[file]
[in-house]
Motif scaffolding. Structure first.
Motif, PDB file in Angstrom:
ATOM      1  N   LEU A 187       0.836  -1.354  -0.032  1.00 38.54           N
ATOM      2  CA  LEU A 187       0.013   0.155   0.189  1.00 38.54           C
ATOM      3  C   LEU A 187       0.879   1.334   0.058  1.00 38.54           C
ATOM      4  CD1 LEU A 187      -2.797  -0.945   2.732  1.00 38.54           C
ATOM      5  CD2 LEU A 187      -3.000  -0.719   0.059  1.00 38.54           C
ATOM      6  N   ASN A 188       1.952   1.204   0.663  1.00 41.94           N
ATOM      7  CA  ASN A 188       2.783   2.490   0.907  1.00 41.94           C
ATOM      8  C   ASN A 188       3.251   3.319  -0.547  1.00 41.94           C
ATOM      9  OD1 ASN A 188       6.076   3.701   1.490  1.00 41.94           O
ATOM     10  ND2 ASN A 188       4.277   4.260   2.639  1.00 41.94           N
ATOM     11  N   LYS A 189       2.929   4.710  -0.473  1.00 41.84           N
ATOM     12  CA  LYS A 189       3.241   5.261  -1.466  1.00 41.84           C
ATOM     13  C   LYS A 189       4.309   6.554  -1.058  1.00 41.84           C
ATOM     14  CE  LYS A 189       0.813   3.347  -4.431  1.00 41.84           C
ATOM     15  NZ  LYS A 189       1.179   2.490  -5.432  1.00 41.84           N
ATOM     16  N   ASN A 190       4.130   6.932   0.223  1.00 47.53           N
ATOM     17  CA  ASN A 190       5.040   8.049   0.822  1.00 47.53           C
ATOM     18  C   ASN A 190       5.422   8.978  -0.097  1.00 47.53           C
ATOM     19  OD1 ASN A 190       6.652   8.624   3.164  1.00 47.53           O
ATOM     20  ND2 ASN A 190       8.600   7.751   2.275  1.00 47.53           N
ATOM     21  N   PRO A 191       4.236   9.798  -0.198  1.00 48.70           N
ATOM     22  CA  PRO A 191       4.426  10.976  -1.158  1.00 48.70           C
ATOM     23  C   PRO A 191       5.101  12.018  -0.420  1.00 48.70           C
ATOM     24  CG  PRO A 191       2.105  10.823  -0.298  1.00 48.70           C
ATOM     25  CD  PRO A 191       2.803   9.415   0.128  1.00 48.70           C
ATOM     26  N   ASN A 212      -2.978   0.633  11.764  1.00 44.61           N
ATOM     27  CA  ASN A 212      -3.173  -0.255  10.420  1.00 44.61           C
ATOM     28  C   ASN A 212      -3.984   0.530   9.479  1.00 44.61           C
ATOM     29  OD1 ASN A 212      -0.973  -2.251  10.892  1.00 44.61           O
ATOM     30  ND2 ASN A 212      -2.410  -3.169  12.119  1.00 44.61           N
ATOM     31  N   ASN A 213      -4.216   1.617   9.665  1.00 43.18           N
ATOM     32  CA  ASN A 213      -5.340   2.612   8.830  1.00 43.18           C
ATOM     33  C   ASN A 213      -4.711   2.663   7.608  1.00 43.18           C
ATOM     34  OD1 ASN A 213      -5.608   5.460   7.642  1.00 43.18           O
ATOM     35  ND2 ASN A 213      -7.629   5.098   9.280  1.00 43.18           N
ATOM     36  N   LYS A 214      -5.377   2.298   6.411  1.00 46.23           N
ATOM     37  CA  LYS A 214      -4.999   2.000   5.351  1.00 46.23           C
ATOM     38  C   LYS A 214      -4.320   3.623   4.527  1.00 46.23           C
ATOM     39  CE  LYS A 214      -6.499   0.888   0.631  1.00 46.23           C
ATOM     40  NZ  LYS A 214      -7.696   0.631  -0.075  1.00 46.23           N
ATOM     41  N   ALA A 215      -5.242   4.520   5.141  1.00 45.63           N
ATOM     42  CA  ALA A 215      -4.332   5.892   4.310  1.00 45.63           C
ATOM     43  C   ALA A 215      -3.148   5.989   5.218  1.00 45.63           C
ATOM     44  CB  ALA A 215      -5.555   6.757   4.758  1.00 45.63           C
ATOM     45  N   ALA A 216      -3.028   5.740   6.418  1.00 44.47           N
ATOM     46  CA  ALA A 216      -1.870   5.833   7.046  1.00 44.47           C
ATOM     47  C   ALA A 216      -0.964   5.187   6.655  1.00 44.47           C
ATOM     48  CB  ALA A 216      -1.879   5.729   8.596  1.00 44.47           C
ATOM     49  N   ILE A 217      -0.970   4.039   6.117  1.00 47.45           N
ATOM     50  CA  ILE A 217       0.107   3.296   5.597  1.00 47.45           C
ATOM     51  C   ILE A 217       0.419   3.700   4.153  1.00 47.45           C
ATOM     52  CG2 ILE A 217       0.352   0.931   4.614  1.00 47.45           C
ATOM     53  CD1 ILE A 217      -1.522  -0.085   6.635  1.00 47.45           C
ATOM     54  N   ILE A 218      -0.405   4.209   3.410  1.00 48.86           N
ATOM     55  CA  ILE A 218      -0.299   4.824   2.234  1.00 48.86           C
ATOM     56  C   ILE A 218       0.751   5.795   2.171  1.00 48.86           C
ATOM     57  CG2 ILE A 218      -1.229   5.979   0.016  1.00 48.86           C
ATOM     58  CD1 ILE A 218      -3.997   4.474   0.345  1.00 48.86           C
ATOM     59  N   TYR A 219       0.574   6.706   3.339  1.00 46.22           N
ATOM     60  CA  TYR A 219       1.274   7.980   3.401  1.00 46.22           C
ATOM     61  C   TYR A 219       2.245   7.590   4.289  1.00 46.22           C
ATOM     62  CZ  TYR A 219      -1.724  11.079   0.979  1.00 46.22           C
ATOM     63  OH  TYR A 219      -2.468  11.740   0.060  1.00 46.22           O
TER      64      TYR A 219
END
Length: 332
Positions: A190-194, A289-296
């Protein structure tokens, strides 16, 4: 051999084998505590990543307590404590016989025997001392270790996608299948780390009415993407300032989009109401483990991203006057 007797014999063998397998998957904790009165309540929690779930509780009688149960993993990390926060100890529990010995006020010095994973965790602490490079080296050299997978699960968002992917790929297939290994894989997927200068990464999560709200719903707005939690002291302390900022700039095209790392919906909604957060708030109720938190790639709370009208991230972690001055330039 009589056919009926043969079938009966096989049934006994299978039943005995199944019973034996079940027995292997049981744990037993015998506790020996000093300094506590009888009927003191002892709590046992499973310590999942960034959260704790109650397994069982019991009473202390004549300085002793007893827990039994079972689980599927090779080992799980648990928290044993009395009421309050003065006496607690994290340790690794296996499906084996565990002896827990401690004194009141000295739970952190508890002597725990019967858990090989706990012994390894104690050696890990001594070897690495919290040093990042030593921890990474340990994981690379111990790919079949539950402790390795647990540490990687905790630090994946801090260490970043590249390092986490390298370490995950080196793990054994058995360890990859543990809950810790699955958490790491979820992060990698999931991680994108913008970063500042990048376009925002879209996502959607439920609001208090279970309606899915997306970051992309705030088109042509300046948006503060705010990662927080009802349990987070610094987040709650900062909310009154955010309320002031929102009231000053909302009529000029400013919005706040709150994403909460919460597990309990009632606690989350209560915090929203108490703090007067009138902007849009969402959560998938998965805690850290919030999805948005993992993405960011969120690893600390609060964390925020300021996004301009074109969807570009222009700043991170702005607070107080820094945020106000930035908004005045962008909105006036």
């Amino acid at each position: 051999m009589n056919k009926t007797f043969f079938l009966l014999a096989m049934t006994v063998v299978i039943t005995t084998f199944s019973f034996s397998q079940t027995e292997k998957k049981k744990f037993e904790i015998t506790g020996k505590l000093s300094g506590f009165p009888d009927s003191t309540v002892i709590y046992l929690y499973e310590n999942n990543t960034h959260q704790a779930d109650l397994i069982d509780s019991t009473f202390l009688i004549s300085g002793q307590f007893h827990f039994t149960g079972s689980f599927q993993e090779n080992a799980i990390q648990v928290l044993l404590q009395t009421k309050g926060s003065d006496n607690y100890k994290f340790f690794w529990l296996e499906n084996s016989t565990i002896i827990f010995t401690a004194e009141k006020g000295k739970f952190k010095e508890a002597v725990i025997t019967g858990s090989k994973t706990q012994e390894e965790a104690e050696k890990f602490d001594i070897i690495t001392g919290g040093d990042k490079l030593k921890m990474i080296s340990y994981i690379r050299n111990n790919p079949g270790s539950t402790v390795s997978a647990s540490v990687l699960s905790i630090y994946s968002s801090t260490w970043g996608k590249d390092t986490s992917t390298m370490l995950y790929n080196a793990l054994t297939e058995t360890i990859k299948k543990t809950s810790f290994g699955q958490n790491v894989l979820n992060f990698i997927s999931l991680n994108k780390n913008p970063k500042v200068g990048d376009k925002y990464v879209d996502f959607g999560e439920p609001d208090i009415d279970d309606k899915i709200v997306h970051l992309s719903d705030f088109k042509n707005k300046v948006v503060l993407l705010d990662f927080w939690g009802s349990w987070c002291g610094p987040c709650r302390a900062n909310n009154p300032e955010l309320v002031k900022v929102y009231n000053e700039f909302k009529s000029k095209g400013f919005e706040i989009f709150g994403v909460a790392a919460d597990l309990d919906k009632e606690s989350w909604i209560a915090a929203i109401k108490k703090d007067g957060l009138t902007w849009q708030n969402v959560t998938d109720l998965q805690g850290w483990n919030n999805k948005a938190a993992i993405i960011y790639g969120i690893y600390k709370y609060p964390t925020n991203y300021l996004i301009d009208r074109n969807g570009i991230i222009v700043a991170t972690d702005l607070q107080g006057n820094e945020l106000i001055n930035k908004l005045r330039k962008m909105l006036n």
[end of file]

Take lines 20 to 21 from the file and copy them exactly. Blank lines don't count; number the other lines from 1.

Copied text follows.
ATOM     17  CA  ASN A 190       5.040   8.049   0.822  1.00 47.53           C
ATOM     18  C   ASN A 190       5.422   8.978  -0.097  1.00 47.53           C